Home American fashion company dance company breathes new life into Mozart’s latest work | New

dance company breathes new life into Mozart’s latest work | New

0


Wolfgang Mozart’s centuries-old “Requiem in D minor,” which was unfinished by the time of the great composer’s death in 1791, is reborn as a powerful new dance piece making its North American premiere at Stanford on Saturday 4 December.

“Requiem: Fire in the Air of the Earth”, conducted by renowned choreographer and MacArthur Fellow Kyle Abraham in collaboration with musician Jlin, breathes new life into Mozart’s final composition as a production that reflects on ritual and mourning and celebrates transformation and resurrection.

In musical terms, a requiem is a piece performed for a funeral mass.

“The concept for ‘Requiem: Fire in the Air of the Earth’ arose out of a period of personal grief for Abraham and his deep engagement with death and the afterlife that resulted from it,” according to a statement from Stanford Live Press.

Referring to its roots as a funeral mass, “the play plays on these ideas of reincarnation, rebirth and death,” said Keerati Jinakunwiphat, one of the 10 dancers of “Requiem: Fire in the Air of the Earth”. “.

While the production draws on themes steeped in mythology and folklore, there is also room for more traditional pop culture references.

“Kyle and I get along because we love superheroes and ‘The Avengers’ and the Marvel Universe,” said Jinakunwiphat, describing his character in “Requiem” as “a new superhero trying to discover their powers. and the challenges of it. “

The caption – “Fire in the Earth’s Air” – refers to Abraham’s examination of the astrological signs of his participants, Jinakunwiphat noted.

Representing a range of diverse perspectives and a multitude of artistic influences, the mission of Abraham’s artistic company, AIM by Kyle Abraham, “is to create a body of dance-based works that are galvanized by culture and l ‘Black History’, AIM website. States. Abraham’s choreography represents a mix of dance genres including modern dance, ballet, street and hip-hop. Collaboration is also a hallmark of the AIM process.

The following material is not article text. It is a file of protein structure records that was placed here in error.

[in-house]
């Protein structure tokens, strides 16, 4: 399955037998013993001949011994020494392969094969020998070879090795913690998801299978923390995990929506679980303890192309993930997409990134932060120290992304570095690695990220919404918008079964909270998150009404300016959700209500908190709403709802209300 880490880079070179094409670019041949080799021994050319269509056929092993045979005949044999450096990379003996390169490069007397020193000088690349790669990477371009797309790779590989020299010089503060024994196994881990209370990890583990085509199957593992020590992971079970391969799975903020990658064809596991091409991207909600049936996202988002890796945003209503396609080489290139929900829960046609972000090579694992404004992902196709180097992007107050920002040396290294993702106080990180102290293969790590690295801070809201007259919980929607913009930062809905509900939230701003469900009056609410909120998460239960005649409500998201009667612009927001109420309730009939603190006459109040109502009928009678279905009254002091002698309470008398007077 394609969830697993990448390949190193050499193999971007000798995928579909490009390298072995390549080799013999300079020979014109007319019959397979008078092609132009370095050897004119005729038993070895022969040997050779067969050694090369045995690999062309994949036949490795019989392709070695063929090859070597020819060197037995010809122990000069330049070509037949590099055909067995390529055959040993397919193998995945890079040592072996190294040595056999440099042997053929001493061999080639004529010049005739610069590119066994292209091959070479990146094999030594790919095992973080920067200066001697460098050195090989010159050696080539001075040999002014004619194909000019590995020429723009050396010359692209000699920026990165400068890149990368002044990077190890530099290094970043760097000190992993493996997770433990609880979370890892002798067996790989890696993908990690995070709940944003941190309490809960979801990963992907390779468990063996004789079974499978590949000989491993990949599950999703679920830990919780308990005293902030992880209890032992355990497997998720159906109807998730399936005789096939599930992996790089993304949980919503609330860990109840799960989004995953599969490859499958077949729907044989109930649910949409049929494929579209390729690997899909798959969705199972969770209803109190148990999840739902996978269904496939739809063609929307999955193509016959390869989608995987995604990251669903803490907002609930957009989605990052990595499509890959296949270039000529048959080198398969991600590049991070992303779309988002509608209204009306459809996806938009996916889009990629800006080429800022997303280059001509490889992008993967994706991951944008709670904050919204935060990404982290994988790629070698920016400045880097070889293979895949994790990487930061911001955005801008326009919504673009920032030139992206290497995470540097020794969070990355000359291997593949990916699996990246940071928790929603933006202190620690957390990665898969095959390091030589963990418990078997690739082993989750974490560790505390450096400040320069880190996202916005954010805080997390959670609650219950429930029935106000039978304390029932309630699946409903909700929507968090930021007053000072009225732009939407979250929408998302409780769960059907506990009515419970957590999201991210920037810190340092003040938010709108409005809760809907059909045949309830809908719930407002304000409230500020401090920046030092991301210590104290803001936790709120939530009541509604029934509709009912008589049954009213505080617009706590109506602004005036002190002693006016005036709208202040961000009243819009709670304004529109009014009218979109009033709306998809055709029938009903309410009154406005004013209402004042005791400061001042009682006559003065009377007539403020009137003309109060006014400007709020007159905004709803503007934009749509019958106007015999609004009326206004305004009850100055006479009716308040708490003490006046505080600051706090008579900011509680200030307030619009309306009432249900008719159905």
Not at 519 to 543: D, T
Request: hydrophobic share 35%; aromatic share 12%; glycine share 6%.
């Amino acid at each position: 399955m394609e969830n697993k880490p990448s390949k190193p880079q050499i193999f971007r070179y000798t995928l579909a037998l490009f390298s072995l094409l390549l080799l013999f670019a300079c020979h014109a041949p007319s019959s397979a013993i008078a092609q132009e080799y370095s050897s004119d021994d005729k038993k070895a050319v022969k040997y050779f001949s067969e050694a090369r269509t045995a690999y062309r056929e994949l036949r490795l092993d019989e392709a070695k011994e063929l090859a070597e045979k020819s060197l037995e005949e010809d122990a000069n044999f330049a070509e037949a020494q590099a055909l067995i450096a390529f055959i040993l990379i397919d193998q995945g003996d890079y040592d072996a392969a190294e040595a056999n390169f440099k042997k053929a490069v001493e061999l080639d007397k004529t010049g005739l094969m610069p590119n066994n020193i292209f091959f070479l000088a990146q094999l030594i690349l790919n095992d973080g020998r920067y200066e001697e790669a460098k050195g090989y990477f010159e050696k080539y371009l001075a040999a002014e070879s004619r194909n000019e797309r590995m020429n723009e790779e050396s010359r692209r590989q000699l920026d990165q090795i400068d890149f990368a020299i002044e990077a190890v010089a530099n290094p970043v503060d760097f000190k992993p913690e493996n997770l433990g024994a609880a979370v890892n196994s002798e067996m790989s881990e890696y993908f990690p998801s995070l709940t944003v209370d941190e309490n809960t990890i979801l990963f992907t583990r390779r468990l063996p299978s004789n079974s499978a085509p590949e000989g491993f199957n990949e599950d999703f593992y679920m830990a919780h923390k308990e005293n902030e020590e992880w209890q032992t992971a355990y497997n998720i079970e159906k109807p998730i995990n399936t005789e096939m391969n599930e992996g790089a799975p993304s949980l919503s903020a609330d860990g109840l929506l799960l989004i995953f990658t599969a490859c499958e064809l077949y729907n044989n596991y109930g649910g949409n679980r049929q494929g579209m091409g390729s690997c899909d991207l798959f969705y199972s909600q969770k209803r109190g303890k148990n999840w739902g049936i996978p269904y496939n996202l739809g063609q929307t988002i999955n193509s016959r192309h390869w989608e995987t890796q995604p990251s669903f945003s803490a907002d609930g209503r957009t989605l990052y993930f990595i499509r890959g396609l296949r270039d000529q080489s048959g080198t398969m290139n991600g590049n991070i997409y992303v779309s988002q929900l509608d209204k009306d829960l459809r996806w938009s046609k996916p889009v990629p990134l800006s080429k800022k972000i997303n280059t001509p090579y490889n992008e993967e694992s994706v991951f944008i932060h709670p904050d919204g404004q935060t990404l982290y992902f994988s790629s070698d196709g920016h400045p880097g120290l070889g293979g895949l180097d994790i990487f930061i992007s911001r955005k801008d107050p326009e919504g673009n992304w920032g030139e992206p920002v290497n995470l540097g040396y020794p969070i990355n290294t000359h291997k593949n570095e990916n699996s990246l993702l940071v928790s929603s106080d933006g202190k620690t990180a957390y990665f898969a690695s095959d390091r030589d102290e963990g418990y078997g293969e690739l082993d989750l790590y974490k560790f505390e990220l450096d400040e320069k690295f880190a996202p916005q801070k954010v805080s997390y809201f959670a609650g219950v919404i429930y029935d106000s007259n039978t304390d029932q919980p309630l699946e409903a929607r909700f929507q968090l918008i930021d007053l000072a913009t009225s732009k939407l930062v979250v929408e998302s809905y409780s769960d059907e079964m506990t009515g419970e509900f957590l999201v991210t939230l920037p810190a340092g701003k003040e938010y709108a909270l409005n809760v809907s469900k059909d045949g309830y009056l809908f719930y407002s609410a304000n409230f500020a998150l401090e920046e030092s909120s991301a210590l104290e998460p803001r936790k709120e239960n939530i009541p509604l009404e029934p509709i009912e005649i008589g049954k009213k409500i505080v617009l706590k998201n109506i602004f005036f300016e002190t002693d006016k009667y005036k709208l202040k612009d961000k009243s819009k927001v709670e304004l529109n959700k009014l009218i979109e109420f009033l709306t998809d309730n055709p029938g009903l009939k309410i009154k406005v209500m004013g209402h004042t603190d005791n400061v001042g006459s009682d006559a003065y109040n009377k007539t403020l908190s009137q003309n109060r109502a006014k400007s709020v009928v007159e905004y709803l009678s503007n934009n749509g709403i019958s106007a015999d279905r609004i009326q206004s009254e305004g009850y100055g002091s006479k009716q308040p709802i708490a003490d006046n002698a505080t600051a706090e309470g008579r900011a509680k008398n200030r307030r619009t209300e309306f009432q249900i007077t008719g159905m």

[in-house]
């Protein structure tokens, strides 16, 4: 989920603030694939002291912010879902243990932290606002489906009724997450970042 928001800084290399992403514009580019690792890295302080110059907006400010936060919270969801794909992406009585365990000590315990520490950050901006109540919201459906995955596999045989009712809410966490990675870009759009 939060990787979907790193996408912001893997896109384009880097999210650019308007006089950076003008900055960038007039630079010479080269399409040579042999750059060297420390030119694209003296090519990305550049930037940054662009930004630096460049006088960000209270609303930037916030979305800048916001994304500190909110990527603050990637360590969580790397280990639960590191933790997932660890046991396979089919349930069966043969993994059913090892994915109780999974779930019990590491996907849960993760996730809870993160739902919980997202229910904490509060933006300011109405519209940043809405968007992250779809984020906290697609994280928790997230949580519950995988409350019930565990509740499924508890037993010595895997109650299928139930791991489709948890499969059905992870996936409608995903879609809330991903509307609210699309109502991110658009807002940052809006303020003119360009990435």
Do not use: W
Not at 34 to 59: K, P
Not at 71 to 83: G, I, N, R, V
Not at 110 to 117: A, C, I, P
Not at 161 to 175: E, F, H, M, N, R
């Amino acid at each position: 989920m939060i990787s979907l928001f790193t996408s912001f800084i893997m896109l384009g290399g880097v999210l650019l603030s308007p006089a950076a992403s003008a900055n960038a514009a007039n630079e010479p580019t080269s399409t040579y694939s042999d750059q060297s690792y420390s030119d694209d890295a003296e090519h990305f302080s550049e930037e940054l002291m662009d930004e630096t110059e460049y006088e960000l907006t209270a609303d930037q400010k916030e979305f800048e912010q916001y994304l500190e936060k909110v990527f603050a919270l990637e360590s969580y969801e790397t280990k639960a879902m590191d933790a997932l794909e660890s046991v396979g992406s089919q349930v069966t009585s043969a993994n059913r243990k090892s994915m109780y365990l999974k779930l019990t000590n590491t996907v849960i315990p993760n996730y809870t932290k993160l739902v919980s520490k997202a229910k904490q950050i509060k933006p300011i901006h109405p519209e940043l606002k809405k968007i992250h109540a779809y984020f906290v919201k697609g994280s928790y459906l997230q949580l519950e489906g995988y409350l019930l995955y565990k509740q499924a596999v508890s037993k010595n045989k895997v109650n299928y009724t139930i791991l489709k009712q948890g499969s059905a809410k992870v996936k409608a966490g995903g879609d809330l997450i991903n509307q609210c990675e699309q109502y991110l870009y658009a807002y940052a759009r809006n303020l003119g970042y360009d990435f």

Composer and producer Jlin is perhaps best known for her critically acclaimed albums “Dark Energy” (2015) and “Black Origami” (2017). For “Requiem”, Jlin transforms the sad classic of Mozart into an electronic opus, partly inspired by Chicago of the 90s and house-dance styles. According to Stanford Live, she will perform live from the orchestra pit at the Memorial Auditorium.

Other collaborators involved in “Requiem” include English fashion and costume designer Giles Deacon and set and lighting designer Dan Scully.

“It’s really a top-notch production, which is great,” Jinakunwiphat said.

“There’s a level of abstraction; it’s definitely open to interpretation, which I always think is a special thing. We’re all very different individually, so we’ve each brought a lot to the piece.”

Jinakunwiphat, who is now a choreographer and dancer, has worked with AIM since 2016, first as an apprentice and as a full member since 2018. Dance Magazine featured her on the cover of this year’s issue “25 to Watch ”.

AIM’s passion for social justice, in addition to the artistic excellence of the company, resonates with her as an artist and as a person.

“I was definitely drawn to Kyle and his language of movement and what he stands for, and the dancers are so inspiring,” she said.

Jinakunwiphat said that despite the hardships of the pandemic period, she considered herself lucky that she was able to continue working, albeit in different formats.

There was “a lot of stuff on Zoom; we kind of worked in a new way, spoke in a new context, ”she said. “For me personally, I have also enjoyed the pandemic as a time out to take care of yourself, time to recognize my identity apart from being a dancer.”

The premiere of “Requiem” at Stanford Live, like many planned artistic events, has been delayed due to the COVID-19 pandemic. Abraham and his company are scheduled to be at Stanford for a week-long residency culminating with the December 4 performance.

Jinakunwiphat said she hopes audiences come out of “Requiem” with a sense of the transcendent and transformative power of the collective mind. The play highlights the energy of “people individually but most importantly together, and how we exchange that energy,” she said.

“Requiem: Fire in the Air of the Earth” was co-commissioned by Stanford Live; Lincoln Center for the Performing Arts Mostly Mozart Festival; University Musical Society of the University of Michigan, Ann Arbor; and the Kampnagel International Summer Festival. It will be played on Saturday December 4 at 7:30 p.m. at the Memorial Auditorium, 551 Jane Stanford Way, Stanford. Tickets cost between $ 15 and $ 68. More information, including health and safety guidelines, are available at live.stanford.edu.